Saturday, August 27, 2011
WM3: A Personal Perspective
Even on weekend mornings, in which I could stay in bed and sleep, I wake up a bit after 5am. It's still cold and dark, and the pool is not open yet, so there is no hurry. This evening we have dinner guests and are planning to watch Paradise Lost, a documentary about the recently released West Memphis Three. Next week I'll be showing the same movie to my seminar students. It's not an easy movie to watch, and for the most part what I remember from the last time I saw it are the horrifying crime scene photos, shown at the very beginning with a Metallica soundtrack. This is why I don't buy the radical criminology paradigm wholesale, but find myself more in Jock Young's camp of radical realism. Crime is real and victimization is real. It's not all socially constructed. Someone did murder those kids and abuse them in horrifying ways, leaving them in the woods, their little bodies in deplorable condition. But I believe, as do many others, that that someone was not Damien Echols, nor was it Jason Baldwin or Jesse Misskelley.
I don't remember whether I knew about the case when I was in law school in Israel. It was in the early 1990s, and Damien Echols and his supposed accomplices were arrested when I was in my second year. Echols and I are the same age. Since 1993, I graduated law school, worked criminal defense for five years, changed countries several times, finished two advanced degrees, handled health and family changes, made many new friends, and have been very blessed in a life of research, pedagogy, political action, endurance sports, and music of all kinds. Throughout this time, Damien Echols lived on Death Row in Arkansas, his skin turning translucent white from the lack of sun. He seemed almost extraterrestrial last week, giving interviews, pale as death itself and wearing dark sunglasses to protect himself--from what? The sun, the people, the abundant stimuli of which he was deprived for eighteen years?--sitting by his wife and co-defendants and quietly proclaiming his innocence, as he had done throughout his arrest, trial, and lengthy incarceration.
The documentary is rather long and includes extensive in-court footage. Seeing it years before the Alford plea that released the three defendants was like witnessing a dreadful train wreck in progress. Richard Ofshe, an expert on false confessions and memory fallacies, testifying about the many problems with Jesse Misskelley's confession; the Arkansas prosecutor sneering at him, saying, "we're not in Berkeley." The "cult expert", on the witness stand with his mail-order degree, blaming the defendants for a murder showing supposed Satanic features, as they were the only kids in town who wore black and listened to heavy metal. The complete lack of physical evidence.
Several commentators said this week that the DNA evidence "excluded" the defendants' involvement in the crime .That's not true, but it's as good as true. DNA was found at the crime scene, and it does not belong to any of the defendants. It is, of course, possible that the defendants were at the scene of the crime and did not leave DNA there, but it is highly unlikely. It was a messy set for extensive, cruel carnage, and high school boys would probably not have the sophistication and know-how to avoid leaving any marks. So, the convictions rested on the confession of Misskelley, a frightened boy with low IQ, pushed and manipulated by the police, who planted details of the crime within his confession.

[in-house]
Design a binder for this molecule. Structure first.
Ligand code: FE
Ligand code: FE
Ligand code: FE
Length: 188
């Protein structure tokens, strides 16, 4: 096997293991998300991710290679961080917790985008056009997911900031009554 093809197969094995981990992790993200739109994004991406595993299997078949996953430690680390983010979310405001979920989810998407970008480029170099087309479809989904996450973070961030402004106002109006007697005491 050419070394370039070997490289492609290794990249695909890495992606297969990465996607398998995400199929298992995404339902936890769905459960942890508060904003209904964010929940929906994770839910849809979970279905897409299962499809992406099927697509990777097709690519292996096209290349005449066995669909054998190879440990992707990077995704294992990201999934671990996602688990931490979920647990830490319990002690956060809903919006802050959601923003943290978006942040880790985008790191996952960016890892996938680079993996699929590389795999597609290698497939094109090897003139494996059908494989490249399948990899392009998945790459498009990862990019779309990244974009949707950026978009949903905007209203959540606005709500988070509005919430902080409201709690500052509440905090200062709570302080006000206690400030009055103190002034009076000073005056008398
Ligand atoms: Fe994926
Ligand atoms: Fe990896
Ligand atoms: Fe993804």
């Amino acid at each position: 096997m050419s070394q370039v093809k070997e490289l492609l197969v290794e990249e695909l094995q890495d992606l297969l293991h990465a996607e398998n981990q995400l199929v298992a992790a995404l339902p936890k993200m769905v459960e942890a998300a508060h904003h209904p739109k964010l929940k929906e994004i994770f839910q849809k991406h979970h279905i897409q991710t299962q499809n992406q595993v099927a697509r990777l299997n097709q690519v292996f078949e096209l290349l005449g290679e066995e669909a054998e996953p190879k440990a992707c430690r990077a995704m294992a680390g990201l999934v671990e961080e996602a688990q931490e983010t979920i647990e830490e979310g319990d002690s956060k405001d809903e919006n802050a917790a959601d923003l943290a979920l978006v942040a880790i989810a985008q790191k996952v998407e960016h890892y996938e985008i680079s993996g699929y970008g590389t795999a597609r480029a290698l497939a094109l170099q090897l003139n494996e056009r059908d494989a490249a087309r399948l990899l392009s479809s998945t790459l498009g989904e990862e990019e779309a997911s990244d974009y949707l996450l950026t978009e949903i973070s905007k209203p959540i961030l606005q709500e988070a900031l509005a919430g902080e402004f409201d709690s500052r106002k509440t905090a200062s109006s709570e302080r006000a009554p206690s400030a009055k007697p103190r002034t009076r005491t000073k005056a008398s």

The big mystery, of course, is the Alford plea. It doesn't exactly mean the defendants have pled guilty. Alford pleas allow defendants to maintain their innocence while acknowledging that there is factual basis for their convictions. Why the state offered the deal is a no-brainer. The plea explicitly rules out the possibility of a 1983 lawsuit, which would entitle the three defendants to a hefty sum in damages. Moreover, it allows the state actors to escape accountability for what appears to have been a terrible miscarriage of justice. The defendants' decision to accept the plea makes sense when considering the alternative, but raises some serious questions. Their new hearing, complete with DNA evidence, was to be held in a few months (and might still be held.) I can only imagine the horrors of repeated miscarriages of justice would drive one to admit anything, as long as it entails a certain release from prison, and particularly death row, rather than take one's chances on one more hearing. Nonetheless, odds seemed better than ever that the miscarriages would finally be examined and fixed. One can only imagine the set of cost-benefit considerations that went into deciding whether to agree to this plea.
So, this week my friends, my students and I will revisit a particularly dark chapter in the book of American criminal justice, and will have an opportunity to ponder upon the inevitability of human cruelty, alienation, and hatred, and the destruction it brings to lives and communities.
"This planet upon which I live is ostracized from God." --Jacob Wassermann, Das Gold von Caxamalca